Monisha Bansal | Staff Writer | Thursday, September 06, 2007
The NCLB - President George W. Bush's major education initiative - was first introduced in 2001. The act sets up strict goals for achievement through standardized testing of public school students.
The goal of the law is to ensure that all children graduate at grade-level performance by 2014.
"It set new parameters and guidelines by Washington on states that had really never appeared before and also new mandates and restrictions that were never here before," said Rep. Scott Garrett (R-N.J.) at a Capitol Hill briefing on Wednesday.
He noted that before the NCLB, states were tackling education problems on their own. But afterwards, the "federal government stepped in with a set of standards that were far more limited in scope."
"There were unintended consequences," said Garrett. He also said there is less flexibility for educators, who now are increasingly "teaching to the test." He also noted that the act "changed the focus from educating our kids to focusing on bureaucracy."
"The goal was to raise the standard. Instead, we have a proverbial race to the bottom," Garrett said, referring to states being able to set their own minimum standards for receiving federal aid.
"There is really a decrease in accountability back to parents and on student performance," he said. "NCLB has "taken the issue of accountability away from local control" and put it in Washington.
Neal McCluskey, an education policy analyst with the libertarian Cato Institute, said the NCLB should not be reauthorized and the federal government should not be involved in education.
"The Constitution gives the federal government no authority whatsoever in education," he noted during the briefing. "The results of NCLB prove how wise the Founding Fathers were to keep the federal government out of schools.
"NCLB's advocates have been claiming since 2004 - just two years after the law was passed - that it was really doing some good, that it was raising achievement overall, that it was closing the gaps," added Andrew Coulson, director of the Center for Educational Freedom at the Cato Institute. But, he added, the "NCLB did not improve on preexisting conditions."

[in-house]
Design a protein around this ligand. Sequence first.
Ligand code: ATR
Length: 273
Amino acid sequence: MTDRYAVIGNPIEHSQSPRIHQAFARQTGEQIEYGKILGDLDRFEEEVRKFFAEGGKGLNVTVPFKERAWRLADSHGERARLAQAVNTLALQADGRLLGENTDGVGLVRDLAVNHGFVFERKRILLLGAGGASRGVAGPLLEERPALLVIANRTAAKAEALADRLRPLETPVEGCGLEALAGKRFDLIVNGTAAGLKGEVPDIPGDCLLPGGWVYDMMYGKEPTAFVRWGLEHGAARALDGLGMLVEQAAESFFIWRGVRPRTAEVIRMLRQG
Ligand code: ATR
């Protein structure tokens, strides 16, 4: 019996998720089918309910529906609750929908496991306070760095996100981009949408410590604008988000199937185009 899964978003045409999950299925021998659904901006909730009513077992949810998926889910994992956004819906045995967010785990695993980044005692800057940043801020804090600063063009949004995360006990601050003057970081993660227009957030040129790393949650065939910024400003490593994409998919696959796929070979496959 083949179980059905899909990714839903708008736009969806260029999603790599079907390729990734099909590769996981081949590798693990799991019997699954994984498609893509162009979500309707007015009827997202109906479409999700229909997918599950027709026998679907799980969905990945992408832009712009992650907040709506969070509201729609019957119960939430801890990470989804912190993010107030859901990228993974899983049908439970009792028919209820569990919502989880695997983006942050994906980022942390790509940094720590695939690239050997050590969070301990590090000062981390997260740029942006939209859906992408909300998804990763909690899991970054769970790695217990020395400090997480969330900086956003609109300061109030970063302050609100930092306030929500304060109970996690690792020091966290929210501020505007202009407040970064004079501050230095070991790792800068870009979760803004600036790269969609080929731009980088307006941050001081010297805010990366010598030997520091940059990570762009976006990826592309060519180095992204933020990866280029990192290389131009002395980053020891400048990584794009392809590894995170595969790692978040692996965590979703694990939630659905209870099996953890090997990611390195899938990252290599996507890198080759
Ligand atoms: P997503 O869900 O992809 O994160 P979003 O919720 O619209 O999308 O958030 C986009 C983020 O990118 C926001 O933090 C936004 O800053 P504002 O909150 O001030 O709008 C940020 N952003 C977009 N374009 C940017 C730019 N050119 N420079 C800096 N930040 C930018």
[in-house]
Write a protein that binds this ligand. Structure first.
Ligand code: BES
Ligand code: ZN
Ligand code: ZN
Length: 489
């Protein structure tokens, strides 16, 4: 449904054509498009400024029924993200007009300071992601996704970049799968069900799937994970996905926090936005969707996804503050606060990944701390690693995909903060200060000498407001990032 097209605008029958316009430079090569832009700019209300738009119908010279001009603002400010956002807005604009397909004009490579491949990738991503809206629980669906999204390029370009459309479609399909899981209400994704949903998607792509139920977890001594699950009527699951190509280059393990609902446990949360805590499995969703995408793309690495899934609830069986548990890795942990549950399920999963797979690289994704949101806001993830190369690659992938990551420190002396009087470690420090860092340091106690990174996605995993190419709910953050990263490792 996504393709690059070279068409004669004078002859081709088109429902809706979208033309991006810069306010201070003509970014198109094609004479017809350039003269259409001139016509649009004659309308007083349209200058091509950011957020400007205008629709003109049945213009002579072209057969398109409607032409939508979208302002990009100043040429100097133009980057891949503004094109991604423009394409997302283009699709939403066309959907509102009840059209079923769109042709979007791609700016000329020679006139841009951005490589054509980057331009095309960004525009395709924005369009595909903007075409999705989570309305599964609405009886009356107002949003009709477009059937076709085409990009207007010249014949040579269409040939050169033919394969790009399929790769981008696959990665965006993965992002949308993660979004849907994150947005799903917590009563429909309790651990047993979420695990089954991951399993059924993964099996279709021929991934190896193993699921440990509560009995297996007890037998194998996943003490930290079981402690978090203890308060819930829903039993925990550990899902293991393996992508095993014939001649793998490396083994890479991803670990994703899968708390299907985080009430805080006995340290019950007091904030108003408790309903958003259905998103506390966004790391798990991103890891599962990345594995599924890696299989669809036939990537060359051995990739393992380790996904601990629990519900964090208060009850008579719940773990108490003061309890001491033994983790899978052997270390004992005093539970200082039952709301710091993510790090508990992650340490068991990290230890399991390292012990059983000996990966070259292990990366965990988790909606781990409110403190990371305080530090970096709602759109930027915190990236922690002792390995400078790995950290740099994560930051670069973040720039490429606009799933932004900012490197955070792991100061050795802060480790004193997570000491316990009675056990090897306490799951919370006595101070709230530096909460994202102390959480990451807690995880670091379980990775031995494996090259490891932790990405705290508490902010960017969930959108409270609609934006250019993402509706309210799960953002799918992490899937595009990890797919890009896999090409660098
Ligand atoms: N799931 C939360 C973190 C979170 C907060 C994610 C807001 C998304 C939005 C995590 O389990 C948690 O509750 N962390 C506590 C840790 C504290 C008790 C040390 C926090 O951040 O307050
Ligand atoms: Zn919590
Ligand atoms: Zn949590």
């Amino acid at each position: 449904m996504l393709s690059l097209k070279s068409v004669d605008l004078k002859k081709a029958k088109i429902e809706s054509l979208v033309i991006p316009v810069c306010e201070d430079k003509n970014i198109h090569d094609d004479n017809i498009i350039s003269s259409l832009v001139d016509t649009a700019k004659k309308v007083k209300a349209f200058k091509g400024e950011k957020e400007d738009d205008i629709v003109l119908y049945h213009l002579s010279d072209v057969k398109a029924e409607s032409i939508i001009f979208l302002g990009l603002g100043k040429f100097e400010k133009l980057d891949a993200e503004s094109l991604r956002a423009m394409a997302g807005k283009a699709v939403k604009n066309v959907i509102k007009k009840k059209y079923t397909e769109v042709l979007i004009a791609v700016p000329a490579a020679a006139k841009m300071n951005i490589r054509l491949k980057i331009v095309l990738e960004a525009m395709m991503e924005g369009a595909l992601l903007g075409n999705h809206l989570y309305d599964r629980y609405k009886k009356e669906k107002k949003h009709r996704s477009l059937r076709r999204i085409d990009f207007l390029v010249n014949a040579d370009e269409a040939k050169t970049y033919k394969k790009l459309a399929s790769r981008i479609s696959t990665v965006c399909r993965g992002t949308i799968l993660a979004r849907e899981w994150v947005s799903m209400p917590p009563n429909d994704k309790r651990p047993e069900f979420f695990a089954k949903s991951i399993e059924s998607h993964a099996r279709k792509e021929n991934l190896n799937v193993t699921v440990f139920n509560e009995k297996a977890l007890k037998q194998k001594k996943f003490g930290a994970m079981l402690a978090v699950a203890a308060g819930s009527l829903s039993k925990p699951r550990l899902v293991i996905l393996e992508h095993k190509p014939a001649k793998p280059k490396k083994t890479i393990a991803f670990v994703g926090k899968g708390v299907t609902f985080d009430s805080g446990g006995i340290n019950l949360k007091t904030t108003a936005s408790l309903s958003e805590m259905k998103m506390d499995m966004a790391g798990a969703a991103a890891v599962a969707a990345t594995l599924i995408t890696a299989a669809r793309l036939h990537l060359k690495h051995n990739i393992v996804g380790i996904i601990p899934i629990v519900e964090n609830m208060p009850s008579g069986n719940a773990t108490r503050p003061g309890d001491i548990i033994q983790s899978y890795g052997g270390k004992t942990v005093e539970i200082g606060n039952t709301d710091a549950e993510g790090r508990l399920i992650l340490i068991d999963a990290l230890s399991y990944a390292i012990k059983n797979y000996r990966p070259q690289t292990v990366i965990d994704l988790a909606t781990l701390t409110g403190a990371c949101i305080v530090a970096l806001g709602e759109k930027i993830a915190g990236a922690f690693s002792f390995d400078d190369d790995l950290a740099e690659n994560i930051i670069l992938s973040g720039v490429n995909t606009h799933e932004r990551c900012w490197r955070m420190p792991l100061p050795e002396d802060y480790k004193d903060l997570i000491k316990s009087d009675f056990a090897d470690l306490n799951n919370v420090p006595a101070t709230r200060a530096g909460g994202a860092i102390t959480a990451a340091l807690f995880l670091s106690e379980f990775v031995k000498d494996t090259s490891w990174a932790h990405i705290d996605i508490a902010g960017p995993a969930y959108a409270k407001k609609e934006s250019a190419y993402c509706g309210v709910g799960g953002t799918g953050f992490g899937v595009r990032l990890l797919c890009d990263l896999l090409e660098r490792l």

Coulson blamed the NCLB for "complete ineffectiveness and wastefulness," saying that "federal involvement in education has done no good and since NCLB, that trend has continued."
"Over the last 40 years the federal government has increased spending per pupil from about $50 to about $900 today, in real dollars," he said. "There has been no statistical change" in math and reading, the subjects tracked for NCLB.
"It's hard to imagine why we would continue to repeat the mistakes of the past," Coulson said.
McCluskey said the NCLB was passed for political reasons. "Politics had trumped principles, parents and children."
"Republicans - who had largely opposed federal intervention in education [supported] NCLB," he said. "Not that they thought it was a good law, but because they wanted to give their president ... a large domestic victory."
"As long as the federal government is collecting education money it will try to take over education," McCluskey concluded.
But in a speech in Washington, D.C., on Wednesday, Education Secretary Margaret Spellings said, "I find it amazing that we're actually debating whether or not it's reasonable to give every child the bare minimum skills they need to participate in our democracy and our economy."
"Instead of making excuses or blaming the law ... we should be supporting kids and teachers," Spellings added.
"We must target funding and support to the schools that need help the most. We must refuse to make any changes that would make us less accountable for educating every child to grade-level standards in reading and math, the gateway subjects for all other learning," she said.
Spellings added that the NCLB has been a success. "We've come too far to turn back the clock, or turn our backs on tens of millions of students. Instead, I look forward to working with [Congress] to fulfill the promise we made five years ago, so that not only do we leave no child behind, we make sure every child is moving forward."
Since the NCLB started, about 500,000 students have mastered basic math, said Spellings. Another 500,000 receive tutoring. And parents have more choices and better teachers today, she said.
"The latest results show more than 70 percent of schools met annual progress goals last year," said Spellings, adding that the NCLB provides clear-cut data on students' performance.
"Parents want to know if their child is learning on grade level," she said. "I realize this can be a difficult and profound question. That's all the more reason that the last thing parents need is more complication and more Washington wonkery."
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